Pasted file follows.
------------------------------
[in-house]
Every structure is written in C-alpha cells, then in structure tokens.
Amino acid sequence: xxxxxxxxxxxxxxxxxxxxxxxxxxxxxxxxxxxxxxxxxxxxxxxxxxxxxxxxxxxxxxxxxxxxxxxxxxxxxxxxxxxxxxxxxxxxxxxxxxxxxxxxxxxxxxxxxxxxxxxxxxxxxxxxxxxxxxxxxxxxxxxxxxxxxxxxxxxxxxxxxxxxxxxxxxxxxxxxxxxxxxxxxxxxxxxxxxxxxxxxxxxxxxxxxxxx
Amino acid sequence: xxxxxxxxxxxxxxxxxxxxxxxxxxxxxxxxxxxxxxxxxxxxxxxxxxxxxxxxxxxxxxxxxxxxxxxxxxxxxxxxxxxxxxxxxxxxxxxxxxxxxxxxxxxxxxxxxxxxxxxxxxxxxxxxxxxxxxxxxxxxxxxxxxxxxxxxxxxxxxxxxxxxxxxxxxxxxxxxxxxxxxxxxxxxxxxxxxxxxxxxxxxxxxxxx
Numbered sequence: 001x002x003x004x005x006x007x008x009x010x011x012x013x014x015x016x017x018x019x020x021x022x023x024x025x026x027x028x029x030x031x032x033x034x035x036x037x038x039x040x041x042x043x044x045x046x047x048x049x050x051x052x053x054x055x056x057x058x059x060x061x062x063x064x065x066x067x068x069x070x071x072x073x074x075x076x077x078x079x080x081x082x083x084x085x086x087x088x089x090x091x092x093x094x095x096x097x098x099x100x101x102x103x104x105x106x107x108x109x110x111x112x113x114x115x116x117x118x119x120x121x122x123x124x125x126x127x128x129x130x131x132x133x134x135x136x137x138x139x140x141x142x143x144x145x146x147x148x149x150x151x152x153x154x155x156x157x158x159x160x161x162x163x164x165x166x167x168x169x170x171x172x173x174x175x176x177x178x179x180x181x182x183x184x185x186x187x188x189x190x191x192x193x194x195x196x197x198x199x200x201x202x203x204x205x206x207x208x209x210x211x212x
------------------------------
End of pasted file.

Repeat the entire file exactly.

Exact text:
[in-house]
Every structure is written in C-alpha cells, then in structure tokens.
Amino acid sequence: xxxxxxxxxxxxxxxxxxxxxxxxxxxxxxxxxxxxxxxxxxxxxxxxxxxxxxxxxxxxxxxxxxxxxxxxxxxxxxxxxxxxxxxxxxxxxxxxxxxxxxxxxxxxxxxxxxxxxxxxxxxxxxxxxxxxxxxxxxxxxxxxxxxxxxxxxxxxxxxxxxxxxxxxxxxxxxxxxxxxxxxxxxxxxxxxxxxxxxxxxxxxxxxxxxxx
Amino acid sequence: xxxxxxxxxxxxxxxxxxxxxxxxxxxxxxxxxxxxxxxxxxxxxxxxxxxxxxxxxxxxxxxxxxxxxxxxxxxxxxxxxxxxxxxxxxxxxxxxxxxxxxxxxxxxxxxxxxxxxxxxxxxxxxxxxxxxxxxxxxxxxxxxxxxxxxxxxxxxxxxxxxxxxxxxxxxxxxxxxxxxxxxxxxxxxxxxxxxxxxxxxxxxxxxxx
Numbered sequence: 001x002x003x004x005x006x007x008x009x010x011x012x013x014x015x016x017x018x019x020x021x022x023x024x025x026x027x028x029x030x031x032x033x034x035x036x037x038x039x040x041x042x043x044x045x046x047x048x049x050x051x052x053x054x055x056x057x058x059x060x061x062x063x064x065x066x067x068x069x070x071x072x073x074x075x076x077x078x079x080x081x082x083x084x085x086x087x088x089x090x091x092x093x094x095x096x097x098x099x100x101x102x103x104x105x106x107x108x109x110x111x112x113x114x115x116x117x118x119x120x121x122x123x124x125x126x127x128x129x130x131x132x133x134x135x136x137x138x139x140x141x142x143x144x145x146x147x148x149x150x151x152x153x154x155x156x157x158x159x160x161x162x163x164x165x166x167x168x169x170x171x172x173x174x175x176x177x178x179x180x181x182x183x184x185x186x187x188x189x190x191x192x193x194x195x196x197x198x199x200x201x202x203x204x205x206x207x208x209x210x211x212x